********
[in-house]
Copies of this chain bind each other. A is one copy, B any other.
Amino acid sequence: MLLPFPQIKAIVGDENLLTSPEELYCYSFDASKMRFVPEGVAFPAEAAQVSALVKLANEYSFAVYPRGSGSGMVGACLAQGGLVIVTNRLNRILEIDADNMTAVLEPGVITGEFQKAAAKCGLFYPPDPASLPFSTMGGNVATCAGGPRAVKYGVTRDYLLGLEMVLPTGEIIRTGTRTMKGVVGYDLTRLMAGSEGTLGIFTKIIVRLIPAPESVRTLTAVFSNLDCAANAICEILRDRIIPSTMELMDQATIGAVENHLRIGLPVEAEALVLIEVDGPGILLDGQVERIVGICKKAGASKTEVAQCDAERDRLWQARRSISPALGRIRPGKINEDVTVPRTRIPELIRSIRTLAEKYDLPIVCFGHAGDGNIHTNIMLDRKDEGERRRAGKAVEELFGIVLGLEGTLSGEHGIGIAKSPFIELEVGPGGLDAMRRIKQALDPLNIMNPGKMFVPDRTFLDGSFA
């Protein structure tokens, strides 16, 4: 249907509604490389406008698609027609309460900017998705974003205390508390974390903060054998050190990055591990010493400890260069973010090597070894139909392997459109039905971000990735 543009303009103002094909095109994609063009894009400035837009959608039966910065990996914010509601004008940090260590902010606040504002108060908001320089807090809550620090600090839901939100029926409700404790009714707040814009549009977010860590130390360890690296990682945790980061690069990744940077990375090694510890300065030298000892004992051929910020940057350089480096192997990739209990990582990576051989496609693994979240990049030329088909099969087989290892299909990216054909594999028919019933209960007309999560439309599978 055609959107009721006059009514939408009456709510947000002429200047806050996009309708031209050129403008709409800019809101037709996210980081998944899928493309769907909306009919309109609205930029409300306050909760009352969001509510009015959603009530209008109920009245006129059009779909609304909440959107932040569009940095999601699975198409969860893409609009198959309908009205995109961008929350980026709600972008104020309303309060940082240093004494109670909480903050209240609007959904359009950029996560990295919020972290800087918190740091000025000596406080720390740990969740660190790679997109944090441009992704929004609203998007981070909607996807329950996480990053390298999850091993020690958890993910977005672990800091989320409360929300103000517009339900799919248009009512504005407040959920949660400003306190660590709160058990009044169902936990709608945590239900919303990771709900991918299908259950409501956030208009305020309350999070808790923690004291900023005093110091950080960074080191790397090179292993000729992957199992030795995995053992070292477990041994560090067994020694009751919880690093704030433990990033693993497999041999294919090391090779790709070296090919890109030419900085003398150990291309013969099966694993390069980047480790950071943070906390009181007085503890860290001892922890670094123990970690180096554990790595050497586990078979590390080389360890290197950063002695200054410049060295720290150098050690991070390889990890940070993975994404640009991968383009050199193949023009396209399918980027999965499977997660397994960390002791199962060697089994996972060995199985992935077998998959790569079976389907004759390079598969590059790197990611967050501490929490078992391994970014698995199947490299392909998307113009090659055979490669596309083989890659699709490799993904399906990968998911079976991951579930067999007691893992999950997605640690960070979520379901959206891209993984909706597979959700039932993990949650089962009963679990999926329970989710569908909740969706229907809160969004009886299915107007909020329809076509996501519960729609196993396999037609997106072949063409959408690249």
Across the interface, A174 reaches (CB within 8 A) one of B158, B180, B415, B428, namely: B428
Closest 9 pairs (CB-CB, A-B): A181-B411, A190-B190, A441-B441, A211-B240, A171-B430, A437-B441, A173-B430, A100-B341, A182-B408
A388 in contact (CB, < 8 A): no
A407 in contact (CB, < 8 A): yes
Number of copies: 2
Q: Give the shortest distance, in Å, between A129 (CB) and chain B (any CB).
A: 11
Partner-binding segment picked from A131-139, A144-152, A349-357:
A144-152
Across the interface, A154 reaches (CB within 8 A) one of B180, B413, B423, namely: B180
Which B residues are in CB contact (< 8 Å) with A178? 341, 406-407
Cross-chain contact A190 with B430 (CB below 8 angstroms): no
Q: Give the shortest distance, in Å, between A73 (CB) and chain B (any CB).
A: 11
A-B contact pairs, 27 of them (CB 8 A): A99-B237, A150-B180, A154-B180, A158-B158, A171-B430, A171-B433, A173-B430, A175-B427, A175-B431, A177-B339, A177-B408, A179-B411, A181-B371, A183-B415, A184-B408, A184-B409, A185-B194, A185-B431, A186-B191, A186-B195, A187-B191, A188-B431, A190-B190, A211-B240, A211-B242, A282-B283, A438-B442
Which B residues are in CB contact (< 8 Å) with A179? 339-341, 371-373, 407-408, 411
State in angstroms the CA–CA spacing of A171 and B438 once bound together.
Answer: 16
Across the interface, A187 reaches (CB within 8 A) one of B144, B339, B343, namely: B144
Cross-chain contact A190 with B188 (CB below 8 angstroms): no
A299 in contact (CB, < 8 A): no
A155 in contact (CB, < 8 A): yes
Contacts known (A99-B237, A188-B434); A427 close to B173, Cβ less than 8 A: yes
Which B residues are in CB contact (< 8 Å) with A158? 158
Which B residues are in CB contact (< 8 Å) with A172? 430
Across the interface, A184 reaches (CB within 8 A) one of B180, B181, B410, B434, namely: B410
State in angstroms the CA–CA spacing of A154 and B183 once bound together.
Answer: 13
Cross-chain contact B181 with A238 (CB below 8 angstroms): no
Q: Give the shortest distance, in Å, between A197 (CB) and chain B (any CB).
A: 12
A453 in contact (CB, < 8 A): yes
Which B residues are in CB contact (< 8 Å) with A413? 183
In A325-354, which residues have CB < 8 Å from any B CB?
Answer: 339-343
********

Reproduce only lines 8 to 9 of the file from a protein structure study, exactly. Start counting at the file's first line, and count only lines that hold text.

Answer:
A407 in contact (CB, < 8 A): yes
Number of copies: 2